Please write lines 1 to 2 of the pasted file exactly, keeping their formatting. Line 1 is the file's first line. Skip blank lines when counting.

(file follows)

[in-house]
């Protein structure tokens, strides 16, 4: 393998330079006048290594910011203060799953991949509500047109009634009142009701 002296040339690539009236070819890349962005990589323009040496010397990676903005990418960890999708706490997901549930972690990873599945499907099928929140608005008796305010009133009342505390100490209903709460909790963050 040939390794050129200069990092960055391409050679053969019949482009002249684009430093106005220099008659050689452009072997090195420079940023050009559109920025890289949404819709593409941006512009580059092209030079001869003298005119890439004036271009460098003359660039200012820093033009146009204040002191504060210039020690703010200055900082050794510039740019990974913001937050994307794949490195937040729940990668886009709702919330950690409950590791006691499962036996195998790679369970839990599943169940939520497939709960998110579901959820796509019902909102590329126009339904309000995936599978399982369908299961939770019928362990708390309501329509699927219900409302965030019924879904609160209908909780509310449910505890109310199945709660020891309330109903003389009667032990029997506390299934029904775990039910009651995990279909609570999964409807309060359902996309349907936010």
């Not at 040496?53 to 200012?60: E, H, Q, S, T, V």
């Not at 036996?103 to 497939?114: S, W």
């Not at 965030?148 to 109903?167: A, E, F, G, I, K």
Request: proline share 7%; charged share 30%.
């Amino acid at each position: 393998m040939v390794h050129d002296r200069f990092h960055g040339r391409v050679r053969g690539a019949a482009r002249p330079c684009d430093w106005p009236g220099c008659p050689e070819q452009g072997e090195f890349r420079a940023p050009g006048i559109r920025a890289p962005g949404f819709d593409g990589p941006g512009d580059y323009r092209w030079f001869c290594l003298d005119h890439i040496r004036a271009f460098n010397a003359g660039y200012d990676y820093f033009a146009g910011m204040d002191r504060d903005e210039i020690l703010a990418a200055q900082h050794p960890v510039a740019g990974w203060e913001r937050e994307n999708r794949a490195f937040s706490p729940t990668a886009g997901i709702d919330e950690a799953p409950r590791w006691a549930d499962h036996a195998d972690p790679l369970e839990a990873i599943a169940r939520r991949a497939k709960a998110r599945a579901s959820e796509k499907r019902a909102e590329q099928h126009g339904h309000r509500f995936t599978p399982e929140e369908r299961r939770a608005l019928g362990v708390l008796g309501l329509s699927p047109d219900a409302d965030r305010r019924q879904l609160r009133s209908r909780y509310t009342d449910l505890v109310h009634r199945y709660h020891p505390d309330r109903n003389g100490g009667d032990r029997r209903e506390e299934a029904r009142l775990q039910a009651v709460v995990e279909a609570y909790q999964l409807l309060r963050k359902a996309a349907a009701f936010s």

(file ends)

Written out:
[in-house]
């Protein structure tokens, strides 16, 4: 393998330079006048290594910011203060799953991949509500047109009634009142009701 002296040339690539009236070819890349962005990589323009040496010397990676903005990418960890999708706490997901549930972690990873599945499907099928929140608005008796305010009133009342505390100490209903709460909790963050 040939390794050129200069990092960055391409050679053969019949482009002249684009430093106005220099008659050689452009072997090195420079940023050009559109920025890289949404819709593409941006512009580059092209030079001869003298005119890439004036271009460098003359660039200012820093033009146009204040002191504060210039020690703010200055900082050794510039740019990974913001937050994307794949490195937040729940990668886009709702919330950690409950590791006691499962036996195998790679369970839990599943169940939520497939709960998110579901959820796509019902909102590329126009339904309000995936599978399982369908299961939770019928362990708390309501329509699927219900409302965030019924879904609160209908909780509310449910505890109310199945709660020891309330109903003389009667032990029997506390299934029904775990039910009651995990279909609570999964409807309060359902996309349907936010």